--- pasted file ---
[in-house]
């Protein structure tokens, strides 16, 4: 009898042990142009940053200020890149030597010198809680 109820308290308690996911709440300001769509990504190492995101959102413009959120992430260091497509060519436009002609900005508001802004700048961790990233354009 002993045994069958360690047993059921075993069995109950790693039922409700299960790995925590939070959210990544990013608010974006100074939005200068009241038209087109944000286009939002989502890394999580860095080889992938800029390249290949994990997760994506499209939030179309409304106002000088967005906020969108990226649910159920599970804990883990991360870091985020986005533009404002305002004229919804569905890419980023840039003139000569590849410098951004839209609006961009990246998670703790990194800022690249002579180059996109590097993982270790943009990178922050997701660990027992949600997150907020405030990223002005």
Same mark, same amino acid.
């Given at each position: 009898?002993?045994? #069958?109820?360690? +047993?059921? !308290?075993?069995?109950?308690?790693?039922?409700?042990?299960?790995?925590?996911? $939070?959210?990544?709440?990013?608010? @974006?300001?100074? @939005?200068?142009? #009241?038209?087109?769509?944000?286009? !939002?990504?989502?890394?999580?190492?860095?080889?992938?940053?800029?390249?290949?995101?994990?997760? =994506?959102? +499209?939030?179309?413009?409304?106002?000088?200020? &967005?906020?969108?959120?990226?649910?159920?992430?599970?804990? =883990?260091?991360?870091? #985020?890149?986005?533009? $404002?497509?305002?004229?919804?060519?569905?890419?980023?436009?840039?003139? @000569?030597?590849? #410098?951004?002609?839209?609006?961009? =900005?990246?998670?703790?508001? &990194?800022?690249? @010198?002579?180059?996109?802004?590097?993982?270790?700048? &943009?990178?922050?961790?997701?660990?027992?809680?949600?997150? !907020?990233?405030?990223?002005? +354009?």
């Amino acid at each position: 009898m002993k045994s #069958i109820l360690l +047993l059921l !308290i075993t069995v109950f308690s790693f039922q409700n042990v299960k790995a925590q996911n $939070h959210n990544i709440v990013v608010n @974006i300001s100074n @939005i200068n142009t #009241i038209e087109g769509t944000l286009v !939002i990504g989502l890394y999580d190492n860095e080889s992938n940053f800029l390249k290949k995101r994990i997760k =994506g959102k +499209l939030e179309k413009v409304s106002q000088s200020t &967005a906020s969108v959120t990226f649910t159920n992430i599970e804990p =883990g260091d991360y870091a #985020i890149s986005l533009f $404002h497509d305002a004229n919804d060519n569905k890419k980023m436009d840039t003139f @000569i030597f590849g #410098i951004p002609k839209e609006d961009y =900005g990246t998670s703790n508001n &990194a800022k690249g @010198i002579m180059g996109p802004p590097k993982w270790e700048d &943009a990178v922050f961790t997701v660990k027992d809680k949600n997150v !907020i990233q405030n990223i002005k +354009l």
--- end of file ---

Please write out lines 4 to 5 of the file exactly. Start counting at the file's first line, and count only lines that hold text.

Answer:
């Given at each position: 009898?002993?045994? #069958?109820?360690? +047993?059921? !308290?075993?069995?109950?308690?790693?039922?409700?042990?299960?790995?925590?996911? $939070?959210?990544?709440?990013?608010? @974006?300001?100074? @939005?200068?142009? #009241?038209?087109?769509?944000?286009? !939002?990504?989502?890394?999580?190492?860095?080889?992938?940053?800029?390249?290949?995101?994990?997760? =994506?959102? +499209?939030?179309?413009?409304?106002?000088?200020? &967005?906020?969108?959120?990226?649910?159920?992430?599970?804990? =883990?260091?991360?870091? #985020?890149?986005?533009? $404002?497509?305002?004229?919804?060519?569905?890419?980023?436009?840039?003139? @000569?030597?590849? #410098?951004?002609?839209?609006?961009? =900005?990246?998670?703790?508001? &990194?800022?690249? @010198?002579?180059?996109?802004?590097?993982?270790?700048? &943009?990178?922050?961790?997701?660990?027992?809680?949600?997150? !907020?990233?405030?990223?002005? +354009?």
């Amino acid at each position: 009898m002993k045994s #069958i109820l360690l +047993l059921l !308290i075993t069995v109950f308690s790693f039922q409700n042990v299960k790995a925590q996911n $939070h959210n990544i709440v990013v608010n @974006i300001s100074n @939005i200068n142009t #009241i038209e087109g769509t944000l286009v !939002i990504g989502l890394y999580d190492n860095e080889s992938n940053f800029l390249k290949k995101r994990i997760k =994506g959102k +499209l939030e179309k413009v409304s106002q000088s200020t &967005a906020s969108v959120t990226f649910t159920n992430i599970e804990p =883990g260091d991360y870091a #985020i890149s986005l533009f $404002h497509d305002a004229n919804d060519n569905k890419k980023m436009d840039t003139f @000569i030597f590849g #410098i951004p002609k839209e609006d961009y =900005g990246t998670s703790n508001n &990194a800022k690249g @010198i002579m180059g996109p802004p590097k993982w270790e700048d &943009a990178v922050f961790t997701v660990k027992d809680k949600n997150v !907020i990233q405030n990223i002005k +354009l």